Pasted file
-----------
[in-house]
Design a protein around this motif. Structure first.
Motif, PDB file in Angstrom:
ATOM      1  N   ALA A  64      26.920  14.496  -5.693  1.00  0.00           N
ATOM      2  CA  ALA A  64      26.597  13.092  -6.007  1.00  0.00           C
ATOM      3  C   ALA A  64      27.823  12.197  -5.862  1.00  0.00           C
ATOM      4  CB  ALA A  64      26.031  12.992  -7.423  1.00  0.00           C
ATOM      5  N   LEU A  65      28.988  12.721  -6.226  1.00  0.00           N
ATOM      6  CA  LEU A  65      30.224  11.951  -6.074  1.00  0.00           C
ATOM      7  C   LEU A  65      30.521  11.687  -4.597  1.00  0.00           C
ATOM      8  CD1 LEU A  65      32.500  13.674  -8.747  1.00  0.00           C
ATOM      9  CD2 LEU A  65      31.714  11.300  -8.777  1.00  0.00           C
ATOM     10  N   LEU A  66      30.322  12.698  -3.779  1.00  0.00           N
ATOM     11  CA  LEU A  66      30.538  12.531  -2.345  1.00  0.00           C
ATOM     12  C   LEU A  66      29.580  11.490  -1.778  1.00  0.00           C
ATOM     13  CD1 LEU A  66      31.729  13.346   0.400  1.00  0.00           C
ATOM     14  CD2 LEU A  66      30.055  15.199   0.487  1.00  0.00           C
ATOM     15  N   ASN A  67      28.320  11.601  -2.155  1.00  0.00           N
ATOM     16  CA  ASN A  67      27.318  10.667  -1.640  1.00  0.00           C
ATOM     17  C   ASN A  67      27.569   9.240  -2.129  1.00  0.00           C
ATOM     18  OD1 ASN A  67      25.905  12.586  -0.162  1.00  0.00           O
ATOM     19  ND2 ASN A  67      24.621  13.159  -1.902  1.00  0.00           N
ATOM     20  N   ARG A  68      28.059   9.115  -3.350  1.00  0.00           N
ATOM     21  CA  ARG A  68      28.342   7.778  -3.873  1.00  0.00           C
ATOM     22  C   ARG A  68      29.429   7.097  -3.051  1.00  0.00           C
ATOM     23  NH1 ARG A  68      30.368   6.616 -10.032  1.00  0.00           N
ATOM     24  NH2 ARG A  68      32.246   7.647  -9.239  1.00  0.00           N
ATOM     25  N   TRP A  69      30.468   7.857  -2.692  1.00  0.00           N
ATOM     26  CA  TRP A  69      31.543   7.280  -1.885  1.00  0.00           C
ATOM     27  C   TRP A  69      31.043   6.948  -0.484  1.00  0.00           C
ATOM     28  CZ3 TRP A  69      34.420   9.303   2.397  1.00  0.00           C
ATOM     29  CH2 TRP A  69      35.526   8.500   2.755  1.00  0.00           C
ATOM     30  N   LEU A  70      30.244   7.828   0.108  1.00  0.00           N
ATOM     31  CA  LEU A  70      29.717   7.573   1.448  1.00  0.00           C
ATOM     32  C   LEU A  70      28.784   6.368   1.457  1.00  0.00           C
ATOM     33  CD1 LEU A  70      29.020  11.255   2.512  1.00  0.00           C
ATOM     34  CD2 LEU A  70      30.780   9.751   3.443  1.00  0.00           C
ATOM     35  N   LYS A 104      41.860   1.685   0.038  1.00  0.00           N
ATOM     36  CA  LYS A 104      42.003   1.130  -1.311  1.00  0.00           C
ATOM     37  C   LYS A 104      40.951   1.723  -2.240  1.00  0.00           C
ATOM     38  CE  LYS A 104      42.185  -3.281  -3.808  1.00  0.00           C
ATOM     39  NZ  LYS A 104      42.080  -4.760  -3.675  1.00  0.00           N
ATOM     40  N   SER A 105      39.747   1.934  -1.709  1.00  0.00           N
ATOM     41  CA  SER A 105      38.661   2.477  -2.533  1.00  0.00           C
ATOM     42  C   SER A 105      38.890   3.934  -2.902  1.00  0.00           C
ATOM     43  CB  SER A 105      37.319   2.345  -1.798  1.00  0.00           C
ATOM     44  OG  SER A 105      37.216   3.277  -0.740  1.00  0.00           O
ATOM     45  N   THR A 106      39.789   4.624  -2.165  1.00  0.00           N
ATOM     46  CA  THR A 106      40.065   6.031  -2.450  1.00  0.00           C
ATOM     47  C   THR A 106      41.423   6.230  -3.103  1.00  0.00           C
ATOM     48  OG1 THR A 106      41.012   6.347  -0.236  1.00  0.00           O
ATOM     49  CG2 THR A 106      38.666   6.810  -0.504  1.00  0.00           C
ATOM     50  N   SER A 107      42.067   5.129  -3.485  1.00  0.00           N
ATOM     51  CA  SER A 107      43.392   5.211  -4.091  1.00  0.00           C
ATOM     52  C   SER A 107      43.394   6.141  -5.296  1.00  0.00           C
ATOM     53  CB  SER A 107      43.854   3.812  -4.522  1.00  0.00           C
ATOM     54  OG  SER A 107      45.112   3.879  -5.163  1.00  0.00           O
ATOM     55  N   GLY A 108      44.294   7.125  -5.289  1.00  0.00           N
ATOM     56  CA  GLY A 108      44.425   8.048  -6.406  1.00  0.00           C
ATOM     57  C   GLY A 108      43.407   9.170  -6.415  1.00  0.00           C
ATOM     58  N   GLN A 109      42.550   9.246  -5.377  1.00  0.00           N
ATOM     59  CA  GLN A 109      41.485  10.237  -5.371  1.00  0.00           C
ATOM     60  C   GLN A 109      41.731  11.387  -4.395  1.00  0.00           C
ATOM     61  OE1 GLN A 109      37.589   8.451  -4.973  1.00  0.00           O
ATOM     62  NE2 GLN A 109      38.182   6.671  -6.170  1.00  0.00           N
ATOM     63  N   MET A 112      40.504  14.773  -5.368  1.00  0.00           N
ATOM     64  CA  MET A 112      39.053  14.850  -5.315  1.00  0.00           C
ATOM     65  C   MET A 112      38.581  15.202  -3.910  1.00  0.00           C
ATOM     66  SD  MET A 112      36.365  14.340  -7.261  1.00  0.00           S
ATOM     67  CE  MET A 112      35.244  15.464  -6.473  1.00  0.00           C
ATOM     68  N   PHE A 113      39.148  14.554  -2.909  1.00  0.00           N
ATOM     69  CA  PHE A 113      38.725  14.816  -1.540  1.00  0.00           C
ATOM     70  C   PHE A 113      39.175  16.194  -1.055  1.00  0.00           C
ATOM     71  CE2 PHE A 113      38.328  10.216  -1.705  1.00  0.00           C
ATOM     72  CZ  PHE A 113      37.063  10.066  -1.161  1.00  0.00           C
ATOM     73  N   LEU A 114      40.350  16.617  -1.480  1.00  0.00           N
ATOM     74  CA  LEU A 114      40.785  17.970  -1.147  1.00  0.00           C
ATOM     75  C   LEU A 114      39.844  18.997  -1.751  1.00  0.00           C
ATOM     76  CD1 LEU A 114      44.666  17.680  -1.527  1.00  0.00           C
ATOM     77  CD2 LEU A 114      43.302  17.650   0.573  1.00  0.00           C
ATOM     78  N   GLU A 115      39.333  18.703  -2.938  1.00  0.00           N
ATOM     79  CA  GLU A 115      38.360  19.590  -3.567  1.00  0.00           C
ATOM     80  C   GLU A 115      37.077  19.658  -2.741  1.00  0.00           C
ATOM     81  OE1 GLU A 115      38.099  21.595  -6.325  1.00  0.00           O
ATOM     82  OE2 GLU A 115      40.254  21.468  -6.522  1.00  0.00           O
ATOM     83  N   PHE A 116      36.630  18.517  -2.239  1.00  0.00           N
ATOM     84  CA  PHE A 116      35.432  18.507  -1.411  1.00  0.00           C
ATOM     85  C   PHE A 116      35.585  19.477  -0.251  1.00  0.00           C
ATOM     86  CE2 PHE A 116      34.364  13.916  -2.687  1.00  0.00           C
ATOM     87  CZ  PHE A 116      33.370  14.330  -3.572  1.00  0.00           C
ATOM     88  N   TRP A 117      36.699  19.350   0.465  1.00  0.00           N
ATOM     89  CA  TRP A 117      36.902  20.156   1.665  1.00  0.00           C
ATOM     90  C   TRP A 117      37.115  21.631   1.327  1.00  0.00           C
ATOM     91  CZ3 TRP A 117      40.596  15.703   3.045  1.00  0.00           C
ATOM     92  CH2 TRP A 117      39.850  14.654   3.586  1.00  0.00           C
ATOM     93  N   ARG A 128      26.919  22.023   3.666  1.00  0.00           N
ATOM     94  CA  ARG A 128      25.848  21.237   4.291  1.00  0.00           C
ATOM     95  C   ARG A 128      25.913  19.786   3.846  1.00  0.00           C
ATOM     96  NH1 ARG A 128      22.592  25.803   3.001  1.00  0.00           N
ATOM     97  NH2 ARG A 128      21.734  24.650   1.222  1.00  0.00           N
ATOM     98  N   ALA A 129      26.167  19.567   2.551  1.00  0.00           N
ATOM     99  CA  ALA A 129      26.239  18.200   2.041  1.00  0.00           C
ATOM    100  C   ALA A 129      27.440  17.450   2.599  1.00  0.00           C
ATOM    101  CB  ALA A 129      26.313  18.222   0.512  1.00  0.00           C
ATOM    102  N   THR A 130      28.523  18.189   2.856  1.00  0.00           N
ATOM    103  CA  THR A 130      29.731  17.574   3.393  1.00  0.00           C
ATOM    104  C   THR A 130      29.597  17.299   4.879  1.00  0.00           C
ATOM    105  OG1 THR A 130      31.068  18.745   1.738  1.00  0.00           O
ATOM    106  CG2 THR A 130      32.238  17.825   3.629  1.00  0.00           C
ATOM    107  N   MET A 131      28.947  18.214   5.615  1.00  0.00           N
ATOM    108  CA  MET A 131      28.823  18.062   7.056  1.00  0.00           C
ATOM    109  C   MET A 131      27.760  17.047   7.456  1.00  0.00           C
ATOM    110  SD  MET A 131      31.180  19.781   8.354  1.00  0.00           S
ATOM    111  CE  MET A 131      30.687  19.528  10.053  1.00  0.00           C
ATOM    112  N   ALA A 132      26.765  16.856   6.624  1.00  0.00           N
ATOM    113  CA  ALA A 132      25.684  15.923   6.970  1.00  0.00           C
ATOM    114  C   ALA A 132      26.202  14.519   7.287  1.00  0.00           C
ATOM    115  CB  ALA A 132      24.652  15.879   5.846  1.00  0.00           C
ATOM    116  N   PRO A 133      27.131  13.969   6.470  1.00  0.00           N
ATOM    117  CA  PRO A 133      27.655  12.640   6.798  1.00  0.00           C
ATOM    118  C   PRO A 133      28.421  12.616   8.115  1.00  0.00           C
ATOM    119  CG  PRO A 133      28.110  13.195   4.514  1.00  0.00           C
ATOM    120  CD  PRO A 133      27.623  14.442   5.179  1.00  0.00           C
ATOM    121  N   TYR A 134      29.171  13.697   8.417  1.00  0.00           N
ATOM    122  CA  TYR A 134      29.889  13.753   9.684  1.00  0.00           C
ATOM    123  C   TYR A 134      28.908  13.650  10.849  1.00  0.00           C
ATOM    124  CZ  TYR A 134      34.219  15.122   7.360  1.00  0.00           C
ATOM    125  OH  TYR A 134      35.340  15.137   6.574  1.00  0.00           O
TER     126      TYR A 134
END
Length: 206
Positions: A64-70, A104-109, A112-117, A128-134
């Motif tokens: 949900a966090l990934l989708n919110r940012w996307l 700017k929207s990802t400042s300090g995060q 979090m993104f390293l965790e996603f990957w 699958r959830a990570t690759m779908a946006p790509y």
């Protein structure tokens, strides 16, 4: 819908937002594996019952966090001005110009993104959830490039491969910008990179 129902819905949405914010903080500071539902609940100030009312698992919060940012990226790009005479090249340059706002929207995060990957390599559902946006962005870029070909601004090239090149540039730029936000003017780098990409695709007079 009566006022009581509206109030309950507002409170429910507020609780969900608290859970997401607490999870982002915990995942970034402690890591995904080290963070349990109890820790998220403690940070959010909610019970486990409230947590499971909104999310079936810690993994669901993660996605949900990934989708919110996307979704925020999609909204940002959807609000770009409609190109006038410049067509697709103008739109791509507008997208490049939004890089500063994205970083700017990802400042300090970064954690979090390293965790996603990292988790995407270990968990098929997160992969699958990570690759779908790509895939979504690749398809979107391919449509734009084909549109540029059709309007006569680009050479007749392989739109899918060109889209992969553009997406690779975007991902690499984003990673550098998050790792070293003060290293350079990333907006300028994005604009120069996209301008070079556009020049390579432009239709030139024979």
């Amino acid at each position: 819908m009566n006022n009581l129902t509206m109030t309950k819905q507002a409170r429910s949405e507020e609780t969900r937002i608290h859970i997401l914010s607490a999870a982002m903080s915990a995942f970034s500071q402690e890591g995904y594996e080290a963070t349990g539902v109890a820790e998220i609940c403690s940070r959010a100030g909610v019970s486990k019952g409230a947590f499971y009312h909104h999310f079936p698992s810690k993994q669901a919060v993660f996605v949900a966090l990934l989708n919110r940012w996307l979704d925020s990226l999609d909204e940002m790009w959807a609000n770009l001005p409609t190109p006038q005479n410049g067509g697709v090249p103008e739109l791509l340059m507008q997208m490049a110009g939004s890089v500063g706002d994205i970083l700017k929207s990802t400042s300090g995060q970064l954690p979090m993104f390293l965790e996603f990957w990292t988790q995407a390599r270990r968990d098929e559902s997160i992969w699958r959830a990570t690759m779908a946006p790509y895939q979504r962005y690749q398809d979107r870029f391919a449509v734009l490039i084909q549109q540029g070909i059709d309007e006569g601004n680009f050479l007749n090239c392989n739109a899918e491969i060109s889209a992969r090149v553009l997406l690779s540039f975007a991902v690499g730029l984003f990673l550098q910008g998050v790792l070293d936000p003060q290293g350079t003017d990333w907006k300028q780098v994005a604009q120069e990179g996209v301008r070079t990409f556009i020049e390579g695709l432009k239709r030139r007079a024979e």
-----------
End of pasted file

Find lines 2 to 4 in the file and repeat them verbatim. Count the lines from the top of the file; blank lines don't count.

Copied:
Design a protein around this motif. Structure first.
Motif, PDB file in Angstrom:
ATOM      1  N   ALA A  64      26.920  14.496  -5.693  1.00  0.00           N